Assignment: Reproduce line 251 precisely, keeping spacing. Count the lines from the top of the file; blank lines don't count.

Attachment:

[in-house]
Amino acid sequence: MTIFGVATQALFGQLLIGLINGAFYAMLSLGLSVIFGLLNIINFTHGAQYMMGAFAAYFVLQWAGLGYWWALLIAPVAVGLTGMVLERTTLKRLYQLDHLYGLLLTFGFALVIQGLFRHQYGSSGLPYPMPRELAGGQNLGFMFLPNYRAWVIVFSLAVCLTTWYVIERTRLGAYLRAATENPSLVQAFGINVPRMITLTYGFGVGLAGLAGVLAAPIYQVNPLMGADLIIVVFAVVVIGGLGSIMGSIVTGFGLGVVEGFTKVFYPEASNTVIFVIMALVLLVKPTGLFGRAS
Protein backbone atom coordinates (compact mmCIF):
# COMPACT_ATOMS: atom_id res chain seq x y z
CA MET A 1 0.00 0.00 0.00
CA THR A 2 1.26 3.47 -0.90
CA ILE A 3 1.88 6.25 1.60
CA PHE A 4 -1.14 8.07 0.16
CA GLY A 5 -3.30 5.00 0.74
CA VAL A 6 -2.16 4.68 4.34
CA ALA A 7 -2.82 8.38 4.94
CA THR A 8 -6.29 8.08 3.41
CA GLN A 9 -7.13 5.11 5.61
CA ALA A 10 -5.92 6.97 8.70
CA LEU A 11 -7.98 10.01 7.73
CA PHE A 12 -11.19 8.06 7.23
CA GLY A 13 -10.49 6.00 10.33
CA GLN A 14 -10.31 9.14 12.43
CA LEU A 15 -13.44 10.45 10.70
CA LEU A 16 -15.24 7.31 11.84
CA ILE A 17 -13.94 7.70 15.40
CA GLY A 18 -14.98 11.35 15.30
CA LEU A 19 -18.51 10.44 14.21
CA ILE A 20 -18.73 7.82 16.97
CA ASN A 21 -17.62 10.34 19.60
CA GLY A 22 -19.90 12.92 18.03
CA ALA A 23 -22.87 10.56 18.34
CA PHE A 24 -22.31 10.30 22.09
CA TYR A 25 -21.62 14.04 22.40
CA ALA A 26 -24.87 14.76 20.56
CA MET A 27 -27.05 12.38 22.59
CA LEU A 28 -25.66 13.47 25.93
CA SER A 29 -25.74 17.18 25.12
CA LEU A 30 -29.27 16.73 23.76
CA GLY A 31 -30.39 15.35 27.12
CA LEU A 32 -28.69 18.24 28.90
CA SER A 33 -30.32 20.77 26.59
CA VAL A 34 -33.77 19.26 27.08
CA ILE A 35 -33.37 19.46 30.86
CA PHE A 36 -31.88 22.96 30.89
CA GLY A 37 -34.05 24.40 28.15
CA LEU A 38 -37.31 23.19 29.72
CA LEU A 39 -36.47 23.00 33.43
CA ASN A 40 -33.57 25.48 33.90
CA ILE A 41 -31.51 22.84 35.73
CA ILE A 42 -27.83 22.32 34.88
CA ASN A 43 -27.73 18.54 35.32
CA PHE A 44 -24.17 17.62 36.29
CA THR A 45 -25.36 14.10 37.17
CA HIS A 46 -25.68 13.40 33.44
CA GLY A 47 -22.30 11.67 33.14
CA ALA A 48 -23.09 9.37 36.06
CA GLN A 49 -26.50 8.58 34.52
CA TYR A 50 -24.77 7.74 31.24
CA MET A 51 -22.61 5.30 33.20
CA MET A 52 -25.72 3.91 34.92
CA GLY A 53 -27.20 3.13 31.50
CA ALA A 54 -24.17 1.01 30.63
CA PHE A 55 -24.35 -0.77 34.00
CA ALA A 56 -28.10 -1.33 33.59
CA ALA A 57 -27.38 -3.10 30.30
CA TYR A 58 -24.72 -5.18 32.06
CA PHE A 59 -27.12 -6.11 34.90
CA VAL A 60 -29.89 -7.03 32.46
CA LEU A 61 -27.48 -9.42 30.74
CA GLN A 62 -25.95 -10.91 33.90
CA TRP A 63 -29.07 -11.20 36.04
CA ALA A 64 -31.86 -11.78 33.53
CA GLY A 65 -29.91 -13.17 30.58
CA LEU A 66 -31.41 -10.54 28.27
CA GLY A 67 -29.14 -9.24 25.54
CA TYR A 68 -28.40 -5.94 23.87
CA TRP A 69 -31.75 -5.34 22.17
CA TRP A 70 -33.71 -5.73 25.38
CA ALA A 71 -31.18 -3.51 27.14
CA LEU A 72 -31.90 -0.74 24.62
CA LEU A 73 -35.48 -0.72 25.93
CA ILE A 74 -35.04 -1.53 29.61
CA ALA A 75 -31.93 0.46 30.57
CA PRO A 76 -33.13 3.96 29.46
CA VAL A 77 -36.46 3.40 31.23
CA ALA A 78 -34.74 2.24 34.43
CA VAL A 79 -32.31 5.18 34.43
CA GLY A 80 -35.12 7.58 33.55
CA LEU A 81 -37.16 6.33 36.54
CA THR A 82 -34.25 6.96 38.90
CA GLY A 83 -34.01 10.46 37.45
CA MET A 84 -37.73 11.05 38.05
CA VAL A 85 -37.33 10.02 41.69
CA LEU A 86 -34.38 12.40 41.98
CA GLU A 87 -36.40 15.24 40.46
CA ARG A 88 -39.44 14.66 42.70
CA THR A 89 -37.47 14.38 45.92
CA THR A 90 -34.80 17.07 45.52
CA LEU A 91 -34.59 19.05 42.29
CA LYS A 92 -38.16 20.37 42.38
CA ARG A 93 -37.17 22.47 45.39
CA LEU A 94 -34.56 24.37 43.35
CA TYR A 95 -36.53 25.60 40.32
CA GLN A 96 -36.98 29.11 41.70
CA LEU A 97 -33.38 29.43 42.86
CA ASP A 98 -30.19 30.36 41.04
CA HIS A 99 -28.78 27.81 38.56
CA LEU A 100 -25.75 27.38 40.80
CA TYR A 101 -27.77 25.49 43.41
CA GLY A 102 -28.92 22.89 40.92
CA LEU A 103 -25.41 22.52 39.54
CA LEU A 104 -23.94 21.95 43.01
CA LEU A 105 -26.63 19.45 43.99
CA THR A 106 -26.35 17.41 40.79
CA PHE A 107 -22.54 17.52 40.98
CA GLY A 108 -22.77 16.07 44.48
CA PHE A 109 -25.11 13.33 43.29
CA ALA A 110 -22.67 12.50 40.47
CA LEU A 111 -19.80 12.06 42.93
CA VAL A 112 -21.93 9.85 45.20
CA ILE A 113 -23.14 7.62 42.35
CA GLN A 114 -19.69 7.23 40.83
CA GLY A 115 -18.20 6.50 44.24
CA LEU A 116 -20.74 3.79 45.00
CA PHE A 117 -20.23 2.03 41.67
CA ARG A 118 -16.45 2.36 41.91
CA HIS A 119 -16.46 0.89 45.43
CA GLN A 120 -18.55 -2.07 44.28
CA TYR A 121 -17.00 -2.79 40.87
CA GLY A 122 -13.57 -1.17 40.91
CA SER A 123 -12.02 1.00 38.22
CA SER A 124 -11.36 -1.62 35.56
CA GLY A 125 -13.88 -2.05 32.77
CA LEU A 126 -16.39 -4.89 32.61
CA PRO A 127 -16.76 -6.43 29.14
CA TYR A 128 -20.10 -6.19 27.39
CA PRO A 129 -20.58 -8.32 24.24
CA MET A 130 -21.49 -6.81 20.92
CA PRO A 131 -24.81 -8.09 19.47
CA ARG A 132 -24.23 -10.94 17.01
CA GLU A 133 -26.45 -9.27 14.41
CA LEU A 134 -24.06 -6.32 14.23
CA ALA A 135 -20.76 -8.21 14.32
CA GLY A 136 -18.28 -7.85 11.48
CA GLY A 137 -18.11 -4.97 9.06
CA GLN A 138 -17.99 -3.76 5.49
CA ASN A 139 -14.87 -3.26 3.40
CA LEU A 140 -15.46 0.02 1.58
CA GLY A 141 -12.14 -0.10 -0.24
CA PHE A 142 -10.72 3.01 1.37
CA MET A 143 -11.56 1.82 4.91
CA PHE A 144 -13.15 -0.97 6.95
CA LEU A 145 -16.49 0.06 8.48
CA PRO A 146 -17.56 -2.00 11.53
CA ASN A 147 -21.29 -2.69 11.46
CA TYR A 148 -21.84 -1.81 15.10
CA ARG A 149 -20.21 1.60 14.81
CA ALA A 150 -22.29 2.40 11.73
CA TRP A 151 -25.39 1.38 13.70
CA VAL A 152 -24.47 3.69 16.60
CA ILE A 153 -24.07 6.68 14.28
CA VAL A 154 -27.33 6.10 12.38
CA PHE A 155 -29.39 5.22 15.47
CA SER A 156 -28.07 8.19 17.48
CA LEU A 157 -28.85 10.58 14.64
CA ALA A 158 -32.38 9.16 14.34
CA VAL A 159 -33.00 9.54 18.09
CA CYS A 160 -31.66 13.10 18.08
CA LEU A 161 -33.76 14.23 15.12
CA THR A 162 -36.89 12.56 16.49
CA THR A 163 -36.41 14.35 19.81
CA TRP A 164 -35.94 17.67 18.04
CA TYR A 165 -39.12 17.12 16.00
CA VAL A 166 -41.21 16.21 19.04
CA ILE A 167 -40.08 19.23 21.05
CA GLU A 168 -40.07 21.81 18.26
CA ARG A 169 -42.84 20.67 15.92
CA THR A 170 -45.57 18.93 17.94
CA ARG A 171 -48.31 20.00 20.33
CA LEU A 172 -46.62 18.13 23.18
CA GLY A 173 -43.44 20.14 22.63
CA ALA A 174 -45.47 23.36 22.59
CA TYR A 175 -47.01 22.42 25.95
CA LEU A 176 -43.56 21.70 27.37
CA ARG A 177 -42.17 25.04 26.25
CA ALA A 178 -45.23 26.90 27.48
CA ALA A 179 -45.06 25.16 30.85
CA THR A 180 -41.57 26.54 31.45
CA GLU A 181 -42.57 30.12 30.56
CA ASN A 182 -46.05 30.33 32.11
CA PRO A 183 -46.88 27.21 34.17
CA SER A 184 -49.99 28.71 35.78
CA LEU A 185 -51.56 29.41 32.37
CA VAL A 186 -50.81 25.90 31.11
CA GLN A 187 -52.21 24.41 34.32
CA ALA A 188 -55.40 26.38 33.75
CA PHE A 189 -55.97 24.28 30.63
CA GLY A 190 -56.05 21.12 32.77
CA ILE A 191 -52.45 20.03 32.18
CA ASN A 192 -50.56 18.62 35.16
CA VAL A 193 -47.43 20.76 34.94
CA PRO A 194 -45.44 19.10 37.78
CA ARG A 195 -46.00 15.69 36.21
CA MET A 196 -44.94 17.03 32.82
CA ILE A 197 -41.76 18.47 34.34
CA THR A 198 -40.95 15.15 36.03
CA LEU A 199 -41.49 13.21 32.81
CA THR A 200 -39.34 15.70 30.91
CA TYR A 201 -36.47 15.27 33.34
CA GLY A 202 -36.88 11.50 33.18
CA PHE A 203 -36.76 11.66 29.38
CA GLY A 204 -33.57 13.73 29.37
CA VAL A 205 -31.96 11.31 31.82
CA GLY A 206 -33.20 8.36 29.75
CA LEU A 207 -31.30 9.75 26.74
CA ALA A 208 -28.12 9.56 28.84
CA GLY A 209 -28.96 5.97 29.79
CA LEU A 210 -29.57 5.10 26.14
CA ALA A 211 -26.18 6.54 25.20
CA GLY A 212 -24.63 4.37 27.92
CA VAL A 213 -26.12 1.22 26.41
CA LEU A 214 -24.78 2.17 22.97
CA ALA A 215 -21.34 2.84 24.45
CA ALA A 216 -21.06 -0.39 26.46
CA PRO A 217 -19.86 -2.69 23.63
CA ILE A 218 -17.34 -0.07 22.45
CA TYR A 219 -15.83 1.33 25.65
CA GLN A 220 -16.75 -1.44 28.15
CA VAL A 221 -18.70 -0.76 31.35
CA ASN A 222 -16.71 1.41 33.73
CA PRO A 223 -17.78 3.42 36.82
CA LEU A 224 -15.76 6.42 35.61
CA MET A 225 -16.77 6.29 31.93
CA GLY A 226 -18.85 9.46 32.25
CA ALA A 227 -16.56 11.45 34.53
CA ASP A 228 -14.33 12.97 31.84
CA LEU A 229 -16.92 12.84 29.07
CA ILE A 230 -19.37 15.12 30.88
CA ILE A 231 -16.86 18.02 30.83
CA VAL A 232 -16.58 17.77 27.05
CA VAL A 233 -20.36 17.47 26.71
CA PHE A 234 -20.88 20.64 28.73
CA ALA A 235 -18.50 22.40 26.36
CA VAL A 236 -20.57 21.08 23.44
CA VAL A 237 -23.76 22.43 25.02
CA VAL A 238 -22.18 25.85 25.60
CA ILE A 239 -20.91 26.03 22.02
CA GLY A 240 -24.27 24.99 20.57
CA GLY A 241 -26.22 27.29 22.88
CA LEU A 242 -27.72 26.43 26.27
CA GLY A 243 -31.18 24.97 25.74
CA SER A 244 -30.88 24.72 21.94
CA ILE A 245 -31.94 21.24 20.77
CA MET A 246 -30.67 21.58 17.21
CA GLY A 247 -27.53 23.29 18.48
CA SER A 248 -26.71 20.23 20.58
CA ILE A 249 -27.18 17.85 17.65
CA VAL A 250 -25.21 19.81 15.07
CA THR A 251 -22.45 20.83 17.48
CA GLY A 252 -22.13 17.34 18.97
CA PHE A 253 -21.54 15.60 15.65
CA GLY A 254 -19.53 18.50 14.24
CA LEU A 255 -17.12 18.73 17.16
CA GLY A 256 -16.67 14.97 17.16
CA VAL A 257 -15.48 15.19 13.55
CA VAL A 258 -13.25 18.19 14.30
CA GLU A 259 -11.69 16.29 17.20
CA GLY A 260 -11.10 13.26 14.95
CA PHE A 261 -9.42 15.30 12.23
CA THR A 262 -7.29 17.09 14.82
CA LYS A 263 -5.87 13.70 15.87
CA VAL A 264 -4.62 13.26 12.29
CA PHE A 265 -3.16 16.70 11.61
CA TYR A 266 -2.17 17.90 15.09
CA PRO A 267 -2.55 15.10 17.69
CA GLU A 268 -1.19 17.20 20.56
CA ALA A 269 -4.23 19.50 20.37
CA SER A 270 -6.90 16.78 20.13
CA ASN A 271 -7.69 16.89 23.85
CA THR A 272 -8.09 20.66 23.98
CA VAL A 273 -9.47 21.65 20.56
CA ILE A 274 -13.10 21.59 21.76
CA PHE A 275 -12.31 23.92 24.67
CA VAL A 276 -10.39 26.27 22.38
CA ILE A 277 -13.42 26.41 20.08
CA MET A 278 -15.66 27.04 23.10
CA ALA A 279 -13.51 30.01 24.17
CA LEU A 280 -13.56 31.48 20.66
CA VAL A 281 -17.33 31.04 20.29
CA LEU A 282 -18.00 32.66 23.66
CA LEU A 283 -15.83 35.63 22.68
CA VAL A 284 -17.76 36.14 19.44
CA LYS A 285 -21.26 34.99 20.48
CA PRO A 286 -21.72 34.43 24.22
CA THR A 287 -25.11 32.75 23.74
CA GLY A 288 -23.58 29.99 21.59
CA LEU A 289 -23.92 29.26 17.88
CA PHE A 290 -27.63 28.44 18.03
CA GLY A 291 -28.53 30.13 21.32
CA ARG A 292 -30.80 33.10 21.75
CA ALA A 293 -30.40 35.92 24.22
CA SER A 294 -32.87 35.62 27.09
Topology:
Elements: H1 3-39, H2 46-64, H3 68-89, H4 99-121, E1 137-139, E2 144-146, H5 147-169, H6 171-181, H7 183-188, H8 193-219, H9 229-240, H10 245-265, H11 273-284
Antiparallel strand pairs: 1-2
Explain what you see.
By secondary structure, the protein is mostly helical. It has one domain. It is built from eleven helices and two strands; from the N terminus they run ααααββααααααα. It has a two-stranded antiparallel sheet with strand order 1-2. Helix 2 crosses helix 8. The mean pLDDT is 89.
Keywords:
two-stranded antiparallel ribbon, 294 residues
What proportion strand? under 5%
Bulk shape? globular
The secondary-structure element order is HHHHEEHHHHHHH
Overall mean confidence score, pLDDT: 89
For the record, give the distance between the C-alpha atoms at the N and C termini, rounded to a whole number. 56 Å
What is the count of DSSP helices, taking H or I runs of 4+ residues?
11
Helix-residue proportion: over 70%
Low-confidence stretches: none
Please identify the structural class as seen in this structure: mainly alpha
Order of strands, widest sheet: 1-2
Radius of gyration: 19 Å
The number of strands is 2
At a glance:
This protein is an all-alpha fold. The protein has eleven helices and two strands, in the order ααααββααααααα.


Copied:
CA GLY A 247 -27.53 23.29 18.48